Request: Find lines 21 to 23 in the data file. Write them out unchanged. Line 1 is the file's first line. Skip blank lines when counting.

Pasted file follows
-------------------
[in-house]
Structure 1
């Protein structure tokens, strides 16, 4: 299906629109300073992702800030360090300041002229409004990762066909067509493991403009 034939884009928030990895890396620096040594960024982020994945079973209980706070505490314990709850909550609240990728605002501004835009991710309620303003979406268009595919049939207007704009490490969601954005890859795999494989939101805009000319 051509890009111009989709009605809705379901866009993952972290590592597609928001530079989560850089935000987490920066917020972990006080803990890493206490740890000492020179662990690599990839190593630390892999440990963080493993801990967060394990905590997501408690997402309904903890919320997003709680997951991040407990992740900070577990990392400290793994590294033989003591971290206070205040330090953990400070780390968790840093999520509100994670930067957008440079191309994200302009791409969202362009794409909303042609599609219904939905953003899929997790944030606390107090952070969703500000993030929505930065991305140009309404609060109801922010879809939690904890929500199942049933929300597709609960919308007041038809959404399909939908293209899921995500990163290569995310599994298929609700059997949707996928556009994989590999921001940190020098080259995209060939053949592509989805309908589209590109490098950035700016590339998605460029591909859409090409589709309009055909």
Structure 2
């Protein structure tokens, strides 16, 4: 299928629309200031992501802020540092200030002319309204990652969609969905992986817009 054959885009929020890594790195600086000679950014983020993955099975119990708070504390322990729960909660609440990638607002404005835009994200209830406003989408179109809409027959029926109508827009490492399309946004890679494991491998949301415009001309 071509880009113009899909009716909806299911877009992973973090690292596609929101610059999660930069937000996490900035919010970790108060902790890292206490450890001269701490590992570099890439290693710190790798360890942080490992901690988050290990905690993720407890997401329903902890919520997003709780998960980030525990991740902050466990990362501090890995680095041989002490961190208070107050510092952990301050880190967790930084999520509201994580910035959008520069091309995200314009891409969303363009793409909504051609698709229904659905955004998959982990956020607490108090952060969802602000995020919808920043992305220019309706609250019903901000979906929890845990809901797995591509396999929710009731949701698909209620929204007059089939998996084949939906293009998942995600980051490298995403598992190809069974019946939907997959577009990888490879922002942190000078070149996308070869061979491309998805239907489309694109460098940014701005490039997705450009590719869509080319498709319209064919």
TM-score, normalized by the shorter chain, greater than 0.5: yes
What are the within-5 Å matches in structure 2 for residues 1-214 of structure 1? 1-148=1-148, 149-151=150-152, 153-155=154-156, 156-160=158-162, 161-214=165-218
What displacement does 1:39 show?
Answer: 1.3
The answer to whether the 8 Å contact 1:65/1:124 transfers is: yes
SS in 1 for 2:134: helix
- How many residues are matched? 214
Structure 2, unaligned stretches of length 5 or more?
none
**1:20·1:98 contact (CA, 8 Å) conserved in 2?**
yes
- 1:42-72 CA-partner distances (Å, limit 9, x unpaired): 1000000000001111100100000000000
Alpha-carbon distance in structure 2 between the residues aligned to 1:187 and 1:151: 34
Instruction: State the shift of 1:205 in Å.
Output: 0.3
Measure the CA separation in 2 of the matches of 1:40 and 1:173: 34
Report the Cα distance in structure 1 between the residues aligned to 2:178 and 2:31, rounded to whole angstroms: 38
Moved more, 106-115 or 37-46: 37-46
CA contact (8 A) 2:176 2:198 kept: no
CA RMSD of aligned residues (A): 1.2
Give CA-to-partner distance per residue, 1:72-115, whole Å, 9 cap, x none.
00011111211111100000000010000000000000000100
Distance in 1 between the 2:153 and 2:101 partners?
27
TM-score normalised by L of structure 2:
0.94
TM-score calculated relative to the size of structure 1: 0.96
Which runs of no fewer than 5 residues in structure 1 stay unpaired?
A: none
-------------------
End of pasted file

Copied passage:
Measure the CA separation in 2 of the matches of 1:40 and 1:173: 34
Report the Cα distance in structure 1 between the residues aligned to 2:178 and 2:31, rounded to whole angstroms: 38
Moved more, 106-115 or 37-46: 37-46